You probably have never heard of Yasmine Arrington. But she could be your daughter, or in my case, granddaughter. But she represents our children, children of the incarcerated – who by popular wisdom are the most at-risk of becoming incarcerated themselves.
But not Lady Yaz.
Yasmine Arrington, a first year student at Howard University School of Divinity, is the founder and CEO of ScholarCHIPS, a not-for-profit organization that provides college scholarships for children of the incarcerated. And she is one herself.
“My father and I were out of touch from the time I was three years old until I was around fourteen or fifteen,” offers the articulate honors graduate of Elon University in North Carolina. “But then we started writing, and when I got to college, we were able to see each other.”
I asked Yasmine how she felt about her father, who is still incarcerated, part of the churn in and out of jail. “I have forgiven him,” she said, referring to his physical absence from her life. “I grew up in church, gave my life to Christ at an early age, and it was instilled in me to forgive…I hold no grudge. Life is too short and precious for me to hold on to anger. Grudges can be debilitating, and I want to set an example for the young people in our program.”
And what young people she has inspired. They attend colleges from Penn State to Bowie State, from Spelman to Towson, from Alabama State to Virginia State, from community colleges to Virginia Wesleyan.
With her father’s churn, it has been “difficult to keep an ongoing relationship,” but she presses on. “I know he loves me,” says the young social entrepreneur, but she would like a more “regular relationship.” Yasmine went on to talk about how her father feels remorse, but “basically when he is behind bars again.” That’s a wake-up call for us all. The remorse we feel when incarcerated should be memorized and called up when we feel like doing something stupid again.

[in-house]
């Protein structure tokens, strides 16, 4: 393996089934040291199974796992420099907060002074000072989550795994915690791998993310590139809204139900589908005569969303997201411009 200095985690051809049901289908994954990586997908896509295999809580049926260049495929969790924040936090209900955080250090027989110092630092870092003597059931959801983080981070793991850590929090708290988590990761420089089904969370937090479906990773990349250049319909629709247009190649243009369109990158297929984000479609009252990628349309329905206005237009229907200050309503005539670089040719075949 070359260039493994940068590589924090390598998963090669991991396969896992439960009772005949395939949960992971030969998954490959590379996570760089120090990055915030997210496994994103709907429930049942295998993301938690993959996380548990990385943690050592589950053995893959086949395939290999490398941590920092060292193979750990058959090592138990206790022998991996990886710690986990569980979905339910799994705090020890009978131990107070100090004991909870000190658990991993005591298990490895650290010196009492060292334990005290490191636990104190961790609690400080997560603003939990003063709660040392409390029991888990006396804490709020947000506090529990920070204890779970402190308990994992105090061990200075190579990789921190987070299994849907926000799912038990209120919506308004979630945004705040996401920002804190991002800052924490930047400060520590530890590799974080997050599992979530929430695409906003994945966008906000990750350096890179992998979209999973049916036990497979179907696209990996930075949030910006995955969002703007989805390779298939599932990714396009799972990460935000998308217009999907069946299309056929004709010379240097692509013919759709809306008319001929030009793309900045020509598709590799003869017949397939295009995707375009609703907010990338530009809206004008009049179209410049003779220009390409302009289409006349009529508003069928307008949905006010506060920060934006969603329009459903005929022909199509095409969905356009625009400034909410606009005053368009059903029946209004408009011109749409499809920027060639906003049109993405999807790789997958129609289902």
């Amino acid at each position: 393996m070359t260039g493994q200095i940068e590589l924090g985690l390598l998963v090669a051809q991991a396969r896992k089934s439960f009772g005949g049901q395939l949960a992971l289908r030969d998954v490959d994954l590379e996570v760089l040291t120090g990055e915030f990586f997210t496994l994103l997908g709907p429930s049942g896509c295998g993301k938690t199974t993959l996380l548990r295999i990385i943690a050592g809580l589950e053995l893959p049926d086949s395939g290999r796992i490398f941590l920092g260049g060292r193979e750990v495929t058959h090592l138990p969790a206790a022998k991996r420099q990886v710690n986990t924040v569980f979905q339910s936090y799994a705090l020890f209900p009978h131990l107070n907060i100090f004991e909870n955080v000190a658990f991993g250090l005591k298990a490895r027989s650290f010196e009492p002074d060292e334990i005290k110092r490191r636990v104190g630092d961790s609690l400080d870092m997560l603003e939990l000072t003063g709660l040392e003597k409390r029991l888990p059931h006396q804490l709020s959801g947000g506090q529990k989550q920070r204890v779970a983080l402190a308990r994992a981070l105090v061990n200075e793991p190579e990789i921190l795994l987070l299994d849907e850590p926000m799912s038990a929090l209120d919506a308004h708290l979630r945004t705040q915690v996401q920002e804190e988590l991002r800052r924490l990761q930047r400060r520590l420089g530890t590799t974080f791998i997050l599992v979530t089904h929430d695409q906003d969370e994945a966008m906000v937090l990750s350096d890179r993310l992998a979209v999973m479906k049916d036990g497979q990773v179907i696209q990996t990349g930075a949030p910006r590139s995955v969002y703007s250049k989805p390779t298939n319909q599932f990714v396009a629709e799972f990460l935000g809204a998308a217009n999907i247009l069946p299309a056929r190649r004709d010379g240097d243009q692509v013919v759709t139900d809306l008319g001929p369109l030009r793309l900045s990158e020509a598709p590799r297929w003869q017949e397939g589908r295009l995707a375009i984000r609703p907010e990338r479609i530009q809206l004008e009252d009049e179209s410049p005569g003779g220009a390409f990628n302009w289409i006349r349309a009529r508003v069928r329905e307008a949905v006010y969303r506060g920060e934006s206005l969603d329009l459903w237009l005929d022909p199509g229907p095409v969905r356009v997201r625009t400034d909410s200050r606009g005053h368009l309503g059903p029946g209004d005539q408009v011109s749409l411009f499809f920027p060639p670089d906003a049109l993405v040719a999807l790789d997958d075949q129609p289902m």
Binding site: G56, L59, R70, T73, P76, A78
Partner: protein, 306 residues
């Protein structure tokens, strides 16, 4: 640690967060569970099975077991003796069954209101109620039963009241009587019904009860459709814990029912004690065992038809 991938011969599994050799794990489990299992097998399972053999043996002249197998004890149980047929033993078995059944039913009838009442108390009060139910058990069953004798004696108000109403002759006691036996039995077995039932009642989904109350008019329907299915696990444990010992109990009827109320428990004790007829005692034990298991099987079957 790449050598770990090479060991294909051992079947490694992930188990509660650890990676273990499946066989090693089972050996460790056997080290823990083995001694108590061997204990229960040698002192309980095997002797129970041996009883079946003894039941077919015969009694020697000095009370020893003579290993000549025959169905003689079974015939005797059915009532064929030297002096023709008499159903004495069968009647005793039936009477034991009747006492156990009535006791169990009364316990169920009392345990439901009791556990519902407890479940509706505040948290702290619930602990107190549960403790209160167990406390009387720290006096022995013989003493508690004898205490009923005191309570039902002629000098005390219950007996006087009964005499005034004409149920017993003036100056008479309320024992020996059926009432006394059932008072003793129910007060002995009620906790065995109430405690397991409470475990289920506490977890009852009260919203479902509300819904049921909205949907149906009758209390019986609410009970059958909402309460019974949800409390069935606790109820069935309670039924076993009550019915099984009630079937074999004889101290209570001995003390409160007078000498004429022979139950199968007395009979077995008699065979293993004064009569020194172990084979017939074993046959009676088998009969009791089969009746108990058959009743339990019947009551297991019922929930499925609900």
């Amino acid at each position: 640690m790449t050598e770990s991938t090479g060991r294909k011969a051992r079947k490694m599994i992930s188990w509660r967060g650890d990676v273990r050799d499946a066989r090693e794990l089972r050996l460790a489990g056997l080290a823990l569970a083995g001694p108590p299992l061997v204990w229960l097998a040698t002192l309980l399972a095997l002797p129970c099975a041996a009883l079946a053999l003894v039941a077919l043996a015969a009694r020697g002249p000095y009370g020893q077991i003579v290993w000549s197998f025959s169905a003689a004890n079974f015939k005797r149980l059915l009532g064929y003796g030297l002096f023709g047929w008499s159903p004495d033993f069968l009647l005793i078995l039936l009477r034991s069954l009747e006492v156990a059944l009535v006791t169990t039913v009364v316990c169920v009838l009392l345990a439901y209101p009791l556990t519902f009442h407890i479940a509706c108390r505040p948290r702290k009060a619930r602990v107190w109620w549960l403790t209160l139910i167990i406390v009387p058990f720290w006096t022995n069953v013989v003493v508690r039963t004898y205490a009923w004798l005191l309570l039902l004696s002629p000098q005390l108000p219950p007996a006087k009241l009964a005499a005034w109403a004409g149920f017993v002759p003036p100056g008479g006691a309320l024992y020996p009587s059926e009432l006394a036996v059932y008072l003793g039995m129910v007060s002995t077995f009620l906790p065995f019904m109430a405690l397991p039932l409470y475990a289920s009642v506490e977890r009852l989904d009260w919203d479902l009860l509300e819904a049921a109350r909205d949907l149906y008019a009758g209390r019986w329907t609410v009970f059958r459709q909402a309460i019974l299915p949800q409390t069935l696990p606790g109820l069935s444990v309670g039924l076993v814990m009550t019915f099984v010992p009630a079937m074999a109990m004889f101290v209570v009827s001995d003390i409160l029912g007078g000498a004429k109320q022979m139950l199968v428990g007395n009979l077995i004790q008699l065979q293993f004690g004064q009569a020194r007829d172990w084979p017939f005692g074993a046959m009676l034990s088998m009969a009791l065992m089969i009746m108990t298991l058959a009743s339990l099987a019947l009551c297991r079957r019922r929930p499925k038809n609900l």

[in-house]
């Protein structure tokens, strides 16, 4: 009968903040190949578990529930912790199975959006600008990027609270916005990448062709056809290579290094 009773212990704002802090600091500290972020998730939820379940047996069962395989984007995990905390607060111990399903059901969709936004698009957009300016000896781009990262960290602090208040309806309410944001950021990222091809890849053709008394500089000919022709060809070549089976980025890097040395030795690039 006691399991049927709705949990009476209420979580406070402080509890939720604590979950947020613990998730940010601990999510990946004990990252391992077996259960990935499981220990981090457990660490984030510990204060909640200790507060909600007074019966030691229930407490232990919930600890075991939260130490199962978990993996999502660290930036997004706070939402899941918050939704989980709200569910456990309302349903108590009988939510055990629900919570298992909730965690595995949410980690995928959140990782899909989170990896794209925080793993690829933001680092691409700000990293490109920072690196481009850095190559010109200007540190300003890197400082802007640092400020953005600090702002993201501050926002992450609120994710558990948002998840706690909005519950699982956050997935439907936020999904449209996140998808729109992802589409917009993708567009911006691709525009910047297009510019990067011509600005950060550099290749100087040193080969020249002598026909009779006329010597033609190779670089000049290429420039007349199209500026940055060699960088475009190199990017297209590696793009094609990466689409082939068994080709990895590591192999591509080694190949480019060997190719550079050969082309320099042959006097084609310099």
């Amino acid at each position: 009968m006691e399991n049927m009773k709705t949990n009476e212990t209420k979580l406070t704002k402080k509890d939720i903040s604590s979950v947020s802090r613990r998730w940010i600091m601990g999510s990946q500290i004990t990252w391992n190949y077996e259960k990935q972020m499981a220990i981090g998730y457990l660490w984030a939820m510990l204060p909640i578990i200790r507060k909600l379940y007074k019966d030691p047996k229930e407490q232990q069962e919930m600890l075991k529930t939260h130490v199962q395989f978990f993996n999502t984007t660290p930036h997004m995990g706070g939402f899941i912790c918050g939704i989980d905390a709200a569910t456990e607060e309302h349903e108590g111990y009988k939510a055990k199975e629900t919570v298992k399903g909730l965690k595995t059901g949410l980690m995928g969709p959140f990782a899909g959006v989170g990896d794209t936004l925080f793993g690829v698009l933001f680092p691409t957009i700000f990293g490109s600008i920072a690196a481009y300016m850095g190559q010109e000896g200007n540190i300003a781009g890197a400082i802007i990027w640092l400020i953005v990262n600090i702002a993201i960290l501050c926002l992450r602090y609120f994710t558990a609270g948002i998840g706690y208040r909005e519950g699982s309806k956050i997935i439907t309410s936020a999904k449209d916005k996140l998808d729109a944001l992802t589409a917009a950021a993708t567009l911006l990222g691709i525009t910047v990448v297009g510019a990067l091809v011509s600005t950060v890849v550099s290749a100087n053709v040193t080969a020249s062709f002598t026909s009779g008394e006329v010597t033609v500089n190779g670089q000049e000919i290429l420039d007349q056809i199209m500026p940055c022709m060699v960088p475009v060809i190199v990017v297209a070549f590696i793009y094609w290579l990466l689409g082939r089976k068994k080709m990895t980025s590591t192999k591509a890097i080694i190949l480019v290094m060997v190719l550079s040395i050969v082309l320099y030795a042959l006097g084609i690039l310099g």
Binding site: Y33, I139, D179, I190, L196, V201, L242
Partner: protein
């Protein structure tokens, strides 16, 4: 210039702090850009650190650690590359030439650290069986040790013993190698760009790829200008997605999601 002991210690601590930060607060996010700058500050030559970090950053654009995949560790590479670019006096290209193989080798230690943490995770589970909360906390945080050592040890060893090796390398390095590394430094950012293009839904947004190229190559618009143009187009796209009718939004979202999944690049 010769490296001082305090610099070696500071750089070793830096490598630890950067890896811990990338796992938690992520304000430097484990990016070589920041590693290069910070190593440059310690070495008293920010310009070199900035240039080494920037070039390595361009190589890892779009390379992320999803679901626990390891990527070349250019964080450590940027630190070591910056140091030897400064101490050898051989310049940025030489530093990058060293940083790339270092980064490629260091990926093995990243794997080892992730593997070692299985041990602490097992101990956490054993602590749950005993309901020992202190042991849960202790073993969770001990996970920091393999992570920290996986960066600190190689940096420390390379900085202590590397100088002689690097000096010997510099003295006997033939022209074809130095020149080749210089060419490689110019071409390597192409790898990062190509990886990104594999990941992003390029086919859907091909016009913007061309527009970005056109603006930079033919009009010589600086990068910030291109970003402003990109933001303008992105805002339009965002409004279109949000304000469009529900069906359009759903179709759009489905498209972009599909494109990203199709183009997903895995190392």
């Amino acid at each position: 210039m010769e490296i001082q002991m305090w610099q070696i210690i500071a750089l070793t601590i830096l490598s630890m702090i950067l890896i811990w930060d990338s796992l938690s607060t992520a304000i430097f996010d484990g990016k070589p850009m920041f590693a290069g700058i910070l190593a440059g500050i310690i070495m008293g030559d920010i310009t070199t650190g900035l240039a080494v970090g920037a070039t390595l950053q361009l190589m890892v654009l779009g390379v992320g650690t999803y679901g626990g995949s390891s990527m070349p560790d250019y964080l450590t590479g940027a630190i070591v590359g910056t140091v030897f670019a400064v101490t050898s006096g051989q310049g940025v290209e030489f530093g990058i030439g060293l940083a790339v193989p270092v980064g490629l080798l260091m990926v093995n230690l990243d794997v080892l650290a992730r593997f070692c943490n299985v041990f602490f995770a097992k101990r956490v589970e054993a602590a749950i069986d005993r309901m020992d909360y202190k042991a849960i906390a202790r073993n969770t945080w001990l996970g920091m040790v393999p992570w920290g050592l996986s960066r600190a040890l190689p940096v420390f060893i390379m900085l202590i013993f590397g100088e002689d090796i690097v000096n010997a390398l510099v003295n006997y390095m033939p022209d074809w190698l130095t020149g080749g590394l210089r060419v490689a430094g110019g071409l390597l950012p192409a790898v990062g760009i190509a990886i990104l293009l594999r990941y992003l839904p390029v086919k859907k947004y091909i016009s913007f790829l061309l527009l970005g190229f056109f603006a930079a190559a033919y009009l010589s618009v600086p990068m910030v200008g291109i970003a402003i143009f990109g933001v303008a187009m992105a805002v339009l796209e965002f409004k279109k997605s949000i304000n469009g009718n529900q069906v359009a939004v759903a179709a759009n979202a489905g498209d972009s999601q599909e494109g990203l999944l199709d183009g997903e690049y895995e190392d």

I thought about Yasmine last month while at a conference on mass incarceration sponsored by the Pennsylvania Council of Churches. During a break, Jondhi Harrell of The Center for Returning Citizens and I talked about the dire predictions for our kids. He has five, I have three. They are all doing well. In fact, they help us. Yasmine told me how she encourages her father when he slides into pity parties, and feels like nobody loves him. She reminds him that he’s “a grown man” and that he has to be responsible for his decisions (ouch- my daughter says the same to me). “I don’t know if he knows how to break the cycle” of his continued bids. But her encouragement is instructive to us all. We are grown men (grown-a#@-men) who can thrive when we put our minds to it. Our children, like Yasmine, believe we can. And when they don’t, we can prove to them otherwise. We can do it. Yasmine believes in us.
Rev. Harold Dean Trulear, Ph.D. is an associate professor of applied theology at Howard University’s School of Divinity. He also works on behalf of prisoners and returning citizens as the national director of Healing Communities USA, a reentry initiative. Dr. Trulear is also a former inmate.